“We’ve never opposed getting grades for individual areas,” said Dale Lynch, executive director of the Tennessee Organization of School Superintendents. “But many superintendents and school boards felt very passionately that giving schools a single letter grade was not the right approach to give parents the best and most accurate information.”

"I believe (the changes) get away from the simplicity and transparency that an A-F system was trying to accomplish."Sen. Dolores Gresham, R-Somerville

Gresham, who sponsored the A-F bill that became state law, is equally passionate about the importance of providing parents with one summative grade for their school. She’s also concerned that the numeric system won’t pack the same punch as letter grades.

“I believe that both choices get away from the simplicity and transparency that an A-F system was trying to accomplish,” Gresham told Chalkbeat. “The parents and our communities are our audience, not school administrators.”

Pupo-Walker would rather have overall grades too. But, for now, she’s mostly concerned about whether the dashboard will help parents and communities have robust conversations about the strengths and weaknesses of their schools.

“The onus is on the state to present the information in a way that parents and schools and community members can understand it,” she said, “and then for the information to be actionable.”

In partnership with the state, the coalition is sponsoring five regional meetings beginning June 26 in Nashville to discuss updates to Tennessee’s ESSA plan, including the new rating system. You can find the details here.

enrollment

Who’s in and who’s not? Chicago board to announce new boundaries for popular Taft High

PHOTO: Tim Boyle / Getty Images
Taft High School is one of Chicago Public Schools' most overenrolled campuses. In 2019, it will spin off its freshman class to a separate campus.

The Chicago school board will announce much-anticipated new attendance boundaries on Tuesday for one of its most crowded schools, William Howard Taft High School on the Northwest side.

Starting next school year, Taft will spin off one grade level to a new campus, the Taft Freshman Academy, which is expected to enroll 1,000 freshman. Chicago Public Schools will give those living within the new attendance area priority in enrollment.

“I look forward to what CPS has to say about the new campus,” Taft Principal Mark Grishaber told Chalkbeat Chicago. “This is good for every kid on the Northwest side.”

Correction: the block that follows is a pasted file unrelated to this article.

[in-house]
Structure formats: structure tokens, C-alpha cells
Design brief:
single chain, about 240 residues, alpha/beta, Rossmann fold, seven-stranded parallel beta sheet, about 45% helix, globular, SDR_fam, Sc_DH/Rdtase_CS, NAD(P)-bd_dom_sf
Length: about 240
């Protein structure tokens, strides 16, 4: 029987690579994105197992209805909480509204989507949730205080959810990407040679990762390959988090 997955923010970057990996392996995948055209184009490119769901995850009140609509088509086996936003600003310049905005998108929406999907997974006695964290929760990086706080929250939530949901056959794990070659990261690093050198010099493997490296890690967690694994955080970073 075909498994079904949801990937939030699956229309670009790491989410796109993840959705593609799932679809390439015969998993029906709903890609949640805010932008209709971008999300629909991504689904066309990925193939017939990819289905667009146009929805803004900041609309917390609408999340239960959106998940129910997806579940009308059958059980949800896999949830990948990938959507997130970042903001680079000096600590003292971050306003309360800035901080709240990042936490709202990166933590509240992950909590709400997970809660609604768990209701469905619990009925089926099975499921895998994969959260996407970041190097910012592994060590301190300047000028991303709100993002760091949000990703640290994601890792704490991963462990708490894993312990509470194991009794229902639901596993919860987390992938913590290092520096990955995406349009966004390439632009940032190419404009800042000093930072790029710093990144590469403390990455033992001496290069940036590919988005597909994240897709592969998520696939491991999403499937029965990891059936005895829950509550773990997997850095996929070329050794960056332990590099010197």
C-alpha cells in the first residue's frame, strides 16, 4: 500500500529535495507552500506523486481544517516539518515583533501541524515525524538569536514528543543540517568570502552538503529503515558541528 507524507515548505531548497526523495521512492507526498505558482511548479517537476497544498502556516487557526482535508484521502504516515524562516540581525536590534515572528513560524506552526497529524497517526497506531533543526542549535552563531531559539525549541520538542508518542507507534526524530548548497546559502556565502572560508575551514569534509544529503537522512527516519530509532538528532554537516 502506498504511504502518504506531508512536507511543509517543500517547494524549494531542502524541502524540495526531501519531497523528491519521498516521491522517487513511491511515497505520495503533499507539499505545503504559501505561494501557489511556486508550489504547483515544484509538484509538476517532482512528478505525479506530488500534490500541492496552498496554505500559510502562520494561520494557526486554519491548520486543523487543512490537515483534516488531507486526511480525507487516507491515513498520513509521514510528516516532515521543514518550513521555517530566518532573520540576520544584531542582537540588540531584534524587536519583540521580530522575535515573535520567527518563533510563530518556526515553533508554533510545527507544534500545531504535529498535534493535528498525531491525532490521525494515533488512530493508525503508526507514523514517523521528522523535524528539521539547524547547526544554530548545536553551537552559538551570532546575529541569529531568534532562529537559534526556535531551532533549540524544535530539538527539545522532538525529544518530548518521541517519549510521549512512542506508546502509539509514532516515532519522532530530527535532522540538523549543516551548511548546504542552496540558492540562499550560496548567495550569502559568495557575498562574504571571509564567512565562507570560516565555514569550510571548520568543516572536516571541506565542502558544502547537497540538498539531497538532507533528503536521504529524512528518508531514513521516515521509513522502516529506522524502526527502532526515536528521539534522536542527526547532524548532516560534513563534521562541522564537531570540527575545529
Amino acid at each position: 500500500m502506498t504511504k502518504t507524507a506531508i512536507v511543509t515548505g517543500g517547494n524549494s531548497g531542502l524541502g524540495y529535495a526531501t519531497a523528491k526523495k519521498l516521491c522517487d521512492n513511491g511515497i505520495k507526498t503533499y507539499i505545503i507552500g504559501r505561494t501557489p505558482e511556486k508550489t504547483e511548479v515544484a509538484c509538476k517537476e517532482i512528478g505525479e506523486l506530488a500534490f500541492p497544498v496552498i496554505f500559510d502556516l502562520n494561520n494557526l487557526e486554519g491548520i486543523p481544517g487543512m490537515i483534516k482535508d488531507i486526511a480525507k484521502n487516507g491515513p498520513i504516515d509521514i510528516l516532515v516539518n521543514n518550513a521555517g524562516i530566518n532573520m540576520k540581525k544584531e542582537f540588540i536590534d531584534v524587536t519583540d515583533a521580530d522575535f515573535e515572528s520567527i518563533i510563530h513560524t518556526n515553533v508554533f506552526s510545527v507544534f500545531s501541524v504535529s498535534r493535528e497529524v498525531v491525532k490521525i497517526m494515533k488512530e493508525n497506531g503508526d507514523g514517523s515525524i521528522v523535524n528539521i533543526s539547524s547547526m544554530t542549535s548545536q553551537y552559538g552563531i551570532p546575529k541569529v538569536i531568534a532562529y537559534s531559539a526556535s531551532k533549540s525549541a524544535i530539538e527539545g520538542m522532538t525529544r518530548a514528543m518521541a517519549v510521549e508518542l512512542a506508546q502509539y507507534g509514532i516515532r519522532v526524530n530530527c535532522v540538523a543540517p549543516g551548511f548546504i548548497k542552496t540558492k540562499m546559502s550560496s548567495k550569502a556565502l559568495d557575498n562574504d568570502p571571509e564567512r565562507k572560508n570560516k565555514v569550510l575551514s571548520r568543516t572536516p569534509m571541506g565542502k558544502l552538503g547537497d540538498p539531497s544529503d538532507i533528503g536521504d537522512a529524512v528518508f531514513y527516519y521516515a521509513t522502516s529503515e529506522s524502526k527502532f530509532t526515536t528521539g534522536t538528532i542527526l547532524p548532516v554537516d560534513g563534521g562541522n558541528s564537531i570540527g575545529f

A community meeting on the new boundaries will be held from 6 p.m. to 8 p.m. Tuesday at Wilbur Wright College, 4300 N. Narragansett Ave.

At its regular monthly meeting at 10:30 a.m. Wednesday, the board will discuss the Taft boundaries and also what to do about its underrolled schools, which are primarily neighborhood schools.  A state law signed in August requires Chicago to make a plan for intervening in schools that do not have enough students.

The Chicago school district faces a critical decline in enrollment, but still plans to invest $1 billion to shore up existing schools and build new ones.

 

hiring crisis

Want ideas for easing Illinois’ teacher shortage? Ask a teacher.

PHOTO: Beau Lark / Getty Images

West Prairie High School is feeling the teacher shortage acutely.

The school — in a town of 58 people in downstate Illinois — hasn’t had a family and consumer science teacher for eight years, a business teacher for four years, or a health teacher for two years. The vacancies are among the state’s 1,400 teaching jobs that remained unfilled last school year.

To alleviate a growing teacher shortage, Illinois needs to raise salaries and provide more flexible pathways to the teaching profession, several teachers have urged the Illinois State Board of Education.  

“If we want top candidates in our classrooms, we must compensate them as such,” said Corinne Biswell, a teacher at West Prairie High School in Sciota.

Teachers, especially those in the rural districts most hurt by teacher shortages, welcomed the board’s broad-brush recommendations to address the problem. The board adopted seven proposals, which came with no funding or concrete plans, on Wednesday. It does not have the authority to raise teacher pay, which is negotiated by school districts and teacher unions.